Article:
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I'm looking at a website that figures out the potential price of a coin if it had a certain market cap.

I'm not sure I understand the underlying calculations though.

It's well established that: Market cap = Circulating Supply * Price

So, if you plug in a market cap value, you'd still need to know the coin's circulating supply to determine its price: how is it possible to determine the circulating supply of a coin at any given point in time?

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The standard definition of market capitalisation is:

Market capitalisation = (number of units in existence)*(price).

Update: VARulle gave a link to the definition they use for “circulating supply”: “The best approximation of the number of coins that are circulating in the market and in the general public’s hands.” They need to eliminate “burned” (destroyed?) coins as well as those that might be lost or sent to unrecoverable addresses.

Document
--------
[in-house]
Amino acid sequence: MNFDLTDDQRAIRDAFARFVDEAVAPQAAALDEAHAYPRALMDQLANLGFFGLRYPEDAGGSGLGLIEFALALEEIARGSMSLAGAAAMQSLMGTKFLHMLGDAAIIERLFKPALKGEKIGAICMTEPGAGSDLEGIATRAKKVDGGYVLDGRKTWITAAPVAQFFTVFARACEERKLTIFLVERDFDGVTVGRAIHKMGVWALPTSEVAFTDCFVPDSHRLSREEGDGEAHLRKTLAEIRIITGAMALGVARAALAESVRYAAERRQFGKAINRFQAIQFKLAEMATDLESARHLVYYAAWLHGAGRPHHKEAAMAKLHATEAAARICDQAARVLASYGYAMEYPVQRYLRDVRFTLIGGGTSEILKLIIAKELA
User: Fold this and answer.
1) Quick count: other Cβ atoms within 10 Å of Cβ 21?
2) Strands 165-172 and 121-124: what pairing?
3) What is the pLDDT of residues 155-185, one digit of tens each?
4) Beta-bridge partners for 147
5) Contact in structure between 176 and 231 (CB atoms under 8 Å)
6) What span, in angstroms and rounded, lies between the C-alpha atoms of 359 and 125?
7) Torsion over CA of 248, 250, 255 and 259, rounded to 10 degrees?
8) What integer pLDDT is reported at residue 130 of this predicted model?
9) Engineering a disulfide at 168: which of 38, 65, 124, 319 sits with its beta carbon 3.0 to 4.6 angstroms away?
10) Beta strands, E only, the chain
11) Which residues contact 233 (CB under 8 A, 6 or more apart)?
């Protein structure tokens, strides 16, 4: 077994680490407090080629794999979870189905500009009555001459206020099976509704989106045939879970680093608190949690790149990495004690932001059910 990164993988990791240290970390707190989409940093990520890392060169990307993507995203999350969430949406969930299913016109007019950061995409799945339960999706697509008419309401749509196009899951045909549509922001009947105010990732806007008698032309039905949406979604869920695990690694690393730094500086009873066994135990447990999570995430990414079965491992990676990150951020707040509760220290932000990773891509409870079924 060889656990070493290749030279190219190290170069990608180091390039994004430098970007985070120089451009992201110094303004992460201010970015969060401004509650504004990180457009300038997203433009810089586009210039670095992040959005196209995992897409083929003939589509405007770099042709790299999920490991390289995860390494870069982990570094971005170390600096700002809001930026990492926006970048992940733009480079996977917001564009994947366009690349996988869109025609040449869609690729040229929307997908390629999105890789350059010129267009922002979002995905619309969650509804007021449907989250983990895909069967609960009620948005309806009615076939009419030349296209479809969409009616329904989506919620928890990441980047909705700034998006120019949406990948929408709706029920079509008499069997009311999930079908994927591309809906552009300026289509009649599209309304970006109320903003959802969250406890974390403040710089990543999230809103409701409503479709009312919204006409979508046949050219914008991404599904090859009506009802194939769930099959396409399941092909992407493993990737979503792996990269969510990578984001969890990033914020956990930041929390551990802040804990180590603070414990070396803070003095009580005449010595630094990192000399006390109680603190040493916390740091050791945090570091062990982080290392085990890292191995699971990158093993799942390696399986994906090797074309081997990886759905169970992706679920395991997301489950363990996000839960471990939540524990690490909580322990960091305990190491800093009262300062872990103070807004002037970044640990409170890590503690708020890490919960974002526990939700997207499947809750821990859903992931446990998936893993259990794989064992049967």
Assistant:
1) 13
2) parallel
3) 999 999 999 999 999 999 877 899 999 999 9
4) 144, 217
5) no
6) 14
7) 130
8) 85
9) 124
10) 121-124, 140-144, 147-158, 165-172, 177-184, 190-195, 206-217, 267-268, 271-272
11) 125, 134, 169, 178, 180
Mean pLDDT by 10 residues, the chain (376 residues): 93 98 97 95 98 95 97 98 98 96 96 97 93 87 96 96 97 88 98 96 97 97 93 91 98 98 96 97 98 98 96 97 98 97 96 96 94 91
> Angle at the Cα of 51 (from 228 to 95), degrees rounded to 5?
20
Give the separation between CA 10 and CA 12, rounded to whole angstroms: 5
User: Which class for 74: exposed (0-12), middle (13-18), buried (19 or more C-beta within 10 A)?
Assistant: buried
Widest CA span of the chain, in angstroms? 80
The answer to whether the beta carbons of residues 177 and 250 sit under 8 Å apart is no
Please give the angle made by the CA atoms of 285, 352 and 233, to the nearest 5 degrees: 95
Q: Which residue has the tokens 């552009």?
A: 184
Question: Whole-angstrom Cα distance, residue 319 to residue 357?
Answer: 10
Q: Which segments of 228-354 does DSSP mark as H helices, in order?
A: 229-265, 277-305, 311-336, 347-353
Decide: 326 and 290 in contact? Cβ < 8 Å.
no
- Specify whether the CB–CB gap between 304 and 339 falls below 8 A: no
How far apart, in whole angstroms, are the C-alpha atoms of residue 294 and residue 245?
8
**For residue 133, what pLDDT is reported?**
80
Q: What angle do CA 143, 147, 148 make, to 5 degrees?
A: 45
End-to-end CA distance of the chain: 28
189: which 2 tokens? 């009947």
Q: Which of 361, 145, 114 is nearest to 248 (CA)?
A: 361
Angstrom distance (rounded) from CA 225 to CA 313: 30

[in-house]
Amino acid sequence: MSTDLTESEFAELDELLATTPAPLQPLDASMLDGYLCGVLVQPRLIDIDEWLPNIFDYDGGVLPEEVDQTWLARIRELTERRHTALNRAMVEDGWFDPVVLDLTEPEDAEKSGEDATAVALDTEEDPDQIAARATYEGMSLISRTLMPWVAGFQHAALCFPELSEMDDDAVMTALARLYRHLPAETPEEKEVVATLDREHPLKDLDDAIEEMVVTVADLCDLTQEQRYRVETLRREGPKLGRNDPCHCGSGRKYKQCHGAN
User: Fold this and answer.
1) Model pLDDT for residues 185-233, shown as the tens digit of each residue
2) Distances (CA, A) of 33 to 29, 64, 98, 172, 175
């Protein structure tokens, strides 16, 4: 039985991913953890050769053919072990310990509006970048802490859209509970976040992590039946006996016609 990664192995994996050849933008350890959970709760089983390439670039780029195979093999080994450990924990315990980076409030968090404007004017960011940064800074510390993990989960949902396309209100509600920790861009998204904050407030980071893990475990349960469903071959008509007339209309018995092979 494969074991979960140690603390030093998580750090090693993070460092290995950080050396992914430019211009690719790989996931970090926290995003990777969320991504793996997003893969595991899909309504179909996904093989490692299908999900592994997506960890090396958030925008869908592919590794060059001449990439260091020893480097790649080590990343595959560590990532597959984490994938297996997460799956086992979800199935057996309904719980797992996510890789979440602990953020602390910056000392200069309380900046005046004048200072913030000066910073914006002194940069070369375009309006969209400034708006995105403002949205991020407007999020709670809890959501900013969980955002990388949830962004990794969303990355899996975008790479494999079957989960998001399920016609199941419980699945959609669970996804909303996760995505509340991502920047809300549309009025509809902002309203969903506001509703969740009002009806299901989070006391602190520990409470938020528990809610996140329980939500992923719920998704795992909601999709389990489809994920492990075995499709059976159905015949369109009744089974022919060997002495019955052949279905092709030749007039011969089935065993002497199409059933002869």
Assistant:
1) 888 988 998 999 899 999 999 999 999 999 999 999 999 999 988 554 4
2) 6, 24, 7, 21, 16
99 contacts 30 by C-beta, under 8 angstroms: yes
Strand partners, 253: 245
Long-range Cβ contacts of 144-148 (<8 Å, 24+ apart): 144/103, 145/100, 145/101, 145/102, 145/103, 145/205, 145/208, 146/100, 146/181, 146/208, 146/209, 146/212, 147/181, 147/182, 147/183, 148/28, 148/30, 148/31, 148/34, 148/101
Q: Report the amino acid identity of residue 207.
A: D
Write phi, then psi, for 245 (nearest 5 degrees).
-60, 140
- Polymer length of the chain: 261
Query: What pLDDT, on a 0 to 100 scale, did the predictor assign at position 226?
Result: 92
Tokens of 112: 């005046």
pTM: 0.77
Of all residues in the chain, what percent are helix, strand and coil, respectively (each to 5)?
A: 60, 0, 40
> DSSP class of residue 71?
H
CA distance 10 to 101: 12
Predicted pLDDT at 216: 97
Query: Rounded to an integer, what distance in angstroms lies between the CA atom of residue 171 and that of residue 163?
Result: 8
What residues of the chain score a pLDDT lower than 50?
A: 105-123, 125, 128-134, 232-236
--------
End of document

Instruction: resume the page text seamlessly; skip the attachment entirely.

This is an estimate, and so different sources might get different values. Adjusting market cap in this fashion is not normally done in other asset classes, as people generally want to avoid the use of estimates in discussions.

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  • $\begingroup$ Seems like a convenient way to inflate your market cap for marketing purposes, since coins can be lost forever but still count as in existence. $\endgroup$ – user253751 Feb 17 at 17:14
  • $\begingroup$ Unless someone can definitively prove they were lost, they still represent potential supply. The concept of “free float” is fuzzier, and people could use estimates of lost coins to adjust the float. $\endgroup$ – Brian Romanchuk Feb 18 at 12:25
  • $\begingroup$ They say "Circulating Supply: The best approximation of the number of coins that are circulating in the market and in the general public’s hands." at coinmarketcap.com/alexandria/glossary/circulating-supply $\endgroup$ – VARulle Feb 18 at 15:01

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